A brief bird’s eye survey of the fossil fuel battlefield this might be, but it gives one a sense of the scrum-like dynamic that climate campaigners continue to face.
Keep It in the Ground campaigners claim to be undeterred. During the online bid last week, in which more than 4,000 acres of federal estate in Kentucky and Mississippi were leased to industry for just $80,000, environmentalists flooded the BLM and EnergyNet with online comments and called the latter’s headquarters more than 2,000 times.
“EnergyNet should expect to hear from Keep It in the Ground in the days and weeks and months to come,” says Jason Schwartz, a Greenpeace organizer. “We want them to know that it doesn’t matter to us that they are going online.”
Meanwhile, back in the physical world, activists have had to confront the startling fact that undercover federal agents secretly monitored one of their largest rallies last spring. A recent investigation published in The Intercept found that plainclothes officers walked among protestors at a Colorado lease auction in May. The Center for Biological Diversity has since filed a comprehensive public records request with the Department of the Interior to discern whether surveillance has occurred on other occasions.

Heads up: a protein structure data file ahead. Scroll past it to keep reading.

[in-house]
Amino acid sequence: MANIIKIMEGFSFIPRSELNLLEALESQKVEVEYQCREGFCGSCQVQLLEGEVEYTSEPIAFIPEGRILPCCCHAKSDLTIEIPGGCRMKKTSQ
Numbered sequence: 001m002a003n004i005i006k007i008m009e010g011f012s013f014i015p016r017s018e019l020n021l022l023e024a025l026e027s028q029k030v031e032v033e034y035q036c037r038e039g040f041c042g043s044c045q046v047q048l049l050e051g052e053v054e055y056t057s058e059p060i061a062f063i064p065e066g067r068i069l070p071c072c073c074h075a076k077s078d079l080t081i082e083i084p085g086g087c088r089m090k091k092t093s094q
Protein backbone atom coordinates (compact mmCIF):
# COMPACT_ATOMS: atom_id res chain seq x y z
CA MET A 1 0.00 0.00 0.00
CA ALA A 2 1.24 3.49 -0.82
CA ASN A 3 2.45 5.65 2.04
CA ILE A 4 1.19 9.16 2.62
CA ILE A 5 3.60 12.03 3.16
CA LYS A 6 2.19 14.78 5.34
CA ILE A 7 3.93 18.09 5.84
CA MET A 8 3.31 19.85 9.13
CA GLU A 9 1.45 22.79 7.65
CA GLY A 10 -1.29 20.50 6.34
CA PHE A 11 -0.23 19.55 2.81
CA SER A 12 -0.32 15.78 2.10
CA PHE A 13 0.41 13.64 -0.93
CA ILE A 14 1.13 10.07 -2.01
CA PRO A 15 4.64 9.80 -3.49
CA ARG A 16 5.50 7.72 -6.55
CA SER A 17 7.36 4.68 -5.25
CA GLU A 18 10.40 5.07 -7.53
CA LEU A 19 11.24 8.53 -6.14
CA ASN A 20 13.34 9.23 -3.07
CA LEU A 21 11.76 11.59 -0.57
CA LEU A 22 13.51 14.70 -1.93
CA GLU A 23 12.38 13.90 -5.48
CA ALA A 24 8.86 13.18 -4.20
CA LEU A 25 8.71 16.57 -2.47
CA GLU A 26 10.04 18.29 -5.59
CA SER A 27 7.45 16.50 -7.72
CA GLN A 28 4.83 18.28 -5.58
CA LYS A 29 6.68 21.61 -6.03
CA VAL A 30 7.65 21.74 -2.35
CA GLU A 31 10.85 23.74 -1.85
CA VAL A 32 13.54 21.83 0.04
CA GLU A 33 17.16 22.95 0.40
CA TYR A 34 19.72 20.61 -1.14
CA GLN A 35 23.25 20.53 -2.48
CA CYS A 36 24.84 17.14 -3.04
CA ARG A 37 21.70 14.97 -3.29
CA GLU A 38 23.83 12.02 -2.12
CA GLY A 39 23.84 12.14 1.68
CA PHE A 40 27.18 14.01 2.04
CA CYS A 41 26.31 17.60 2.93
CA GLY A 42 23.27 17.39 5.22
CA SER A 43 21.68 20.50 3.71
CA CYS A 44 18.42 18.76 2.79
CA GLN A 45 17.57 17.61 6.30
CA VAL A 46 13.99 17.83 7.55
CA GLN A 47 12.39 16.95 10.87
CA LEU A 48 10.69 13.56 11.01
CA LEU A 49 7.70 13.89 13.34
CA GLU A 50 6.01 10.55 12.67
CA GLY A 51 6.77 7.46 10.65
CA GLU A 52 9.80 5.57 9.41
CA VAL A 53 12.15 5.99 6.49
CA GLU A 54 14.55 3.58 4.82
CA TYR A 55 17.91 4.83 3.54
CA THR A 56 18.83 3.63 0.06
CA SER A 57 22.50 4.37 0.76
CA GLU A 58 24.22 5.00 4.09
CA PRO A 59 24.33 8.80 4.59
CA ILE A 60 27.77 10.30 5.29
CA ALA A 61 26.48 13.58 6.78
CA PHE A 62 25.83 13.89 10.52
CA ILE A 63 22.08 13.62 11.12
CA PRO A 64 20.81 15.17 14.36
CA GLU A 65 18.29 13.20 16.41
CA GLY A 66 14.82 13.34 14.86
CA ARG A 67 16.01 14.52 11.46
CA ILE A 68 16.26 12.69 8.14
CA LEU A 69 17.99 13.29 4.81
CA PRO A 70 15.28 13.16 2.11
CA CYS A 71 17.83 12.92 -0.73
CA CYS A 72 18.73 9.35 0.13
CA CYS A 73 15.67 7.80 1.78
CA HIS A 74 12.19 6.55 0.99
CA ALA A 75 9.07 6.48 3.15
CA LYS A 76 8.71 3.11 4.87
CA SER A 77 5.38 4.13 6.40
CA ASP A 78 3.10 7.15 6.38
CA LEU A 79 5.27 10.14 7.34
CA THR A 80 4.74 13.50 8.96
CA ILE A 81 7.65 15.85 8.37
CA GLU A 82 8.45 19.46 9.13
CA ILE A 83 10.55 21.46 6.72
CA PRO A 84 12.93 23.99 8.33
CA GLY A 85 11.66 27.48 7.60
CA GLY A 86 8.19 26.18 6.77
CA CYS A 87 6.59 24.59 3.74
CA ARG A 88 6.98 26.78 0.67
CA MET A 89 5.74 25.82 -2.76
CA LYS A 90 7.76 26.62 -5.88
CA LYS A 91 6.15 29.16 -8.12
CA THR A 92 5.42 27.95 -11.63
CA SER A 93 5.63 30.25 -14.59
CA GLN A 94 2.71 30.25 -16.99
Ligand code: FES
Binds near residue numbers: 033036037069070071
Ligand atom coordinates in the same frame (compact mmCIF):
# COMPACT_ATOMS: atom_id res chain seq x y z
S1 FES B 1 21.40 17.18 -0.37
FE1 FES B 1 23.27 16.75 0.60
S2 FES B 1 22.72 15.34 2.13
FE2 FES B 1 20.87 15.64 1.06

“The oil and gas industry exerts a tremendous amount of control over the Obama administration and federal agencies,” says Taylor McKinnon, a staffer with the Center. “It does not surprise me one bit to see this sort of policing deployed in order to ultimately protect the fossil fuel industry’s interests.”
The BLM would not comment on the undercover agents at the Colorado rally. It did, however, confirm that its online lease program would soon expand. “The BLM’s intent,” writes Linda Lance, a deputy director at the agency, in an emailed statement, “is to continue phasing in the internet-based leasing system with the goal of having the option to use internet-based bidding or in-person auctions for all 2017 lease sales.”
Public lands drilling, of course, is only one of the climate movement’s many fronts, and Big Oil’s backlash is likewise multipronged.